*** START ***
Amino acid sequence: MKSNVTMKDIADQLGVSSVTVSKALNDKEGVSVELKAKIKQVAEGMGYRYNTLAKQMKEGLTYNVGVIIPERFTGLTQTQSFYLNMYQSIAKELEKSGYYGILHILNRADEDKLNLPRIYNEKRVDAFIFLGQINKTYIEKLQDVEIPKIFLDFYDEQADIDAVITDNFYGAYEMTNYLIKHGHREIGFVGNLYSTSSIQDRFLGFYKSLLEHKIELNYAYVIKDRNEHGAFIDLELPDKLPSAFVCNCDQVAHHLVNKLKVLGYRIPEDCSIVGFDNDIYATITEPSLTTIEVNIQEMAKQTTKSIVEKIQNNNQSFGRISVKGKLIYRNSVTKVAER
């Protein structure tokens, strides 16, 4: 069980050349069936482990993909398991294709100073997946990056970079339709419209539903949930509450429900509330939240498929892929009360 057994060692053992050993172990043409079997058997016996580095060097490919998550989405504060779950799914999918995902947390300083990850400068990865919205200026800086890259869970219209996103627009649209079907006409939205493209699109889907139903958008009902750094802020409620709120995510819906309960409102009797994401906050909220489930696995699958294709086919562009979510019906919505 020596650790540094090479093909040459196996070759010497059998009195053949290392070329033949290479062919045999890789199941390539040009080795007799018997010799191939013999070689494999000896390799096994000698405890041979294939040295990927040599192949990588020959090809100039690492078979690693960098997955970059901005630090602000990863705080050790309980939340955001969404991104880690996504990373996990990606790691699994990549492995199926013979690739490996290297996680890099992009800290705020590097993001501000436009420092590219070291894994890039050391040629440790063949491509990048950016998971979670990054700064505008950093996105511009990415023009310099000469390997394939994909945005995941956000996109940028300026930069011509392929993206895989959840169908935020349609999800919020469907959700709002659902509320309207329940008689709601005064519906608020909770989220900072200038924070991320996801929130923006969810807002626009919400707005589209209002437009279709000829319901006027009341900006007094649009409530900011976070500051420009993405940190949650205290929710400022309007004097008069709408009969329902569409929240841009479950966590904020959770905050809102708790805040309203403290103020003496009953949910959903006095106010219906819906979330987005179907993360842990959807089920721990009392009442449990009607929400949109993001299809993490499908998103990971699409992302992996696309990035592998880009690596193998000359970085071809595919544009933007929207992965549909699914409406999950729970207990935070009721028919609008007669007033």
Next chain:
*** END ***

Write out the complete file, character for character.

Amino acid sequence: MKSNVTMKDIADQLGVSSVTVSKALNDKEGVSVELKAKIKQVAEGMGYRYNTLAKQMKEGLTYNVGVIIPERFTGLTQTQSFYLNMYQSIAKELEKSGYYGILHILNRADEDKLNLPRIYNEKRVDAFIFLGQINKTYIEKLQDVEIPKIFLDFYDEQADIDAVITDNFYGAYEMTNYLIKHGHREIGFVGNLYSTSSIQDRFLGFYKSLLEHKIELNYAYVIKDRNEHGAFIDLELPDKLPSAFVCNCDQVAHHLVNKLKVLGYRIPEDCSIVGFDNDIYATITEPSLTTIEVNIQEMAKQTTKSIVEKIQNNNQSFGRISVKGKLIYRNSVTKVAER
């Protein structure tokens, strides 16, 4: 069980050349069936482990993909398991294709100073997946990056970079339709419209539903949930509450429900509330939240498929892929009360 057994060692053992050993172990043409079997058997016996580095060097490919998550989405504060779950799914999918995902947390300083990850400068990865919205200026800086890259869970219209996103627009649209079907006409939205493209699109889907139903958008009902750094802020409620709120995510819906309960409102009797994401906050909220489930696995699958294709086919562009979510019906919505 020596650790540094090479093909040459196996070759010497059998009195053949290392070329033949290479062919045999890789199941390539040009080795007799018997010799191939013999070689494999000896390799096994000698405890041979294939040295990927040599192949990588020959090809100039690492078979690693960098997955970059901005630090602000990863705080050790309980939340955001969404991104880690996504990373996990990606790691699994990549492995199926013979690739490996290297996680890099992009800290705020590097993001501000436009420092590219070291894994890039050391040629440790063949491509990048950016998971979670990054700064505008950093996105511009990415023009310099000469390997394939994909945005995941956000996109940028300026930069011509392929993206895989959840169908935020349609999800919020469907959700709002659902509320309207329940008689709601005064519906608020909770989220900072200038924070991320996801929130923006969810807002626009919400707005589209209002437009279709000829319901006027009341900006007094649009409530900011976070500051420009993405940190949650205290929710400022309007004097008069709408009969329902569409929240841009479950966590904020959770905050809102708790805040309203403290103020003496009953949910959903006095106010219906819906979330987005179907993360842990959807089920721990009392009442449990009607929400949109993001299809993490499908998103990971699409992302992996696309990035592998880009690596193998000359970085071809595919544009933007929207992965549909699914409406999950729970207990935070009721028919609008007669007033």
Next chain: